technologies get out into society. And I don’t know that everyone realizes
that there’s nanotechnology embedded in them, so I hope they realize that these
new materials with new capabilities have this nanotechnology aspect to them. [MARK REED] Nano is going to have a tremendous impact on energy. One of the examples of quantum
dots for more efficient LEDs, various types of nanomaterials will impact many
different areas that are related to energy, both from making more efficient
water purification which saves on energy, to be able to make more efficient and
lighter materials. And a lot of that work has already started. I think one of the
grand challenges will also be in environmental areas. Water
purification in fact a project I’m also working on now to be able to understand
how one can make much more efficient separators, purifiers, using various types
of nanomaterials and nano structures I think is one of the big challenges. [JULIA] I guess there are a lot of advances in the world of quantum.
So that’s quite nano, that’s deeply in the nano. So making use of nano-sized
dimension in creating nanomaterials to interact and couple with light. So the
applications in photonics, so being able to create better filters, being able to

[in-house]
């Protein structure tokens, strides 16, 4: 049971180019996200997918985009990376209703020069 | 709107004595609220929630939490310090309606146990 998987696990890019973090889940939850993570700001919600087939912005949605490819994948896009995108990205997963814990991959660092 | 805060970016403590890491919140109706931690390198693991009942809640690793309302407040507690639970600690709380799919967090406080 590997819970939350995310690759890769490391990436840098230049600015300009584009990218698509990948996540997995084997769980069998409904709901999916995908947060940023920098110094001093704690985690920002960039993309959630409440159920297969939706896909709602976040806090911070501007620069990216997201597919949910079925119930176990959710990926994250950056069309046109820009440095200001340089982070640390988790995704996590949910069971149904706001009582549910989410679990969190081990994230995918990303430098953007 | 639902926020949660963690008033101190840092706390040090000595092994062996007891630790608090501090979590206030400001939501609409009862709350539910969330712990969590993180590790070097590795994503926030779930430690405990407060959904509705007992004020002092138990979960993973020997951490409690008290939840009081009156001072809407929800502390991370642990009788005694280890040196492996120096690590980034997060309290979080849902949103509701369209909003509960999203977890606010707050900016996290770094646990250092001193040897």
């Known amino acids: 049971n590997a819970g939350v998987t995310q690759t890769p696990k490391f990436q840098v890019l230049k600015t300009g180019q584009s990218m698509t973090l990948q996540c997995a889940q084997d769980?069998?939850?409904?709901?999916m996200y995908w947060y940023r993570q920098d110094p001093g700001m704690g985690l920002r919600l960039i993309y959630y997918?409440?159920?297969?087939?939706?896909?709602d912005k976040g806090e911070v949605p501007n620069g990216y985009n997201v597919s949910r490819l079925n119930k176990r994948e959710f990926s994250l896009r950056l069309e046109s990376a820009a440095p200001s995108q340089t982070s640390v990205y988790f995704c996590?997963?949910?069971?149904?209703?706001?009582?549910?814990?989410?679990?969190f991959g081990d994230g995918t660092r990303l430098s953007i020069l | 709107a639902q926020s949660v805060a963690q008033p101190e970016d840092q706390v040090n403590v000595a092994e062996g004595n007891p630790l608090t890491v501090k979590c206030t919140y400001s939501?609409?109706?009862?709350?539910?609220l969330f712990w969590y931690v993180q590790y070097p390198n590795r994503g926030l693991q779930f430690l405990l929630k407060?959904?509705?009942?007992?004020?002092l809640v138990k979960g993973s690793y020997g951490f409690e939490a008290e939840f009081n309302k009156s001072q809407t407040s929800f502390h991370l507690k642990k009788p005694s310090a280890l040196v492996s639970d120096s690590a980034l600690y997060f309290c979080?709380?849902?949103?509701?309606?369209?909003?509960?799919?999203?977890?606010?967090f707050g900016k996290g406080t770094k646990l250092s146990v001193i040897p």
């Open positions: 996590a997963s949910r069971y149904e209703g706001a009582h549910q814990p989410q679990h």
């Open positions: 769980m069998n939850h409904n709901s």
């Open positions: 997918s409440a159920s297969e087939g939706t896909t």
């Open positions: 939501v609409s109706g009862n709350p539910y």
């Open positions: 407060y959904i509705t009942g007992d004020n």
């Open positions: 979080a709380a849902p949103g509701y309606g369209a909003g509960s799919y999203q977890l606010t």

create materials that have band gaps in, they have artificial band gaps and
therefore are able to manipulate light in being able to image much more
precisely as one huge advance. Another advance would be quantum dots
in lasers. So being able to illicit lasing out of, you know, using different
colors out of materials that wouldn’t have been possible to do before. So all
that light coupling into a nanomaterial interactions are certainly very very
impactful and I think are being practiced already. Definitely in the last
15 years for sure our ability to fabricate devices has improved
tremendously and we’re now making much more
sophisticated circuits, much more sophisticated processors, that are also
much smaller. So I think that uncovering the quantum phenomena and
trying to make use of it in the sense of making it serve our purpose either to
make much faster computers that are operating not by the current,
by spintronics, so that’s spin transfer or by photonics, so using light
transport. That is an outlook for the future and so this is something that has
been certainly been developed in the last decade or so very very intensely. Thank you for joining us today for this
special 15 year anniversary edition of Stories from the NNI. If you would
like to learn more about nanotechnology please visit nano.gov or email us at
[email protected] and check back here for more stories.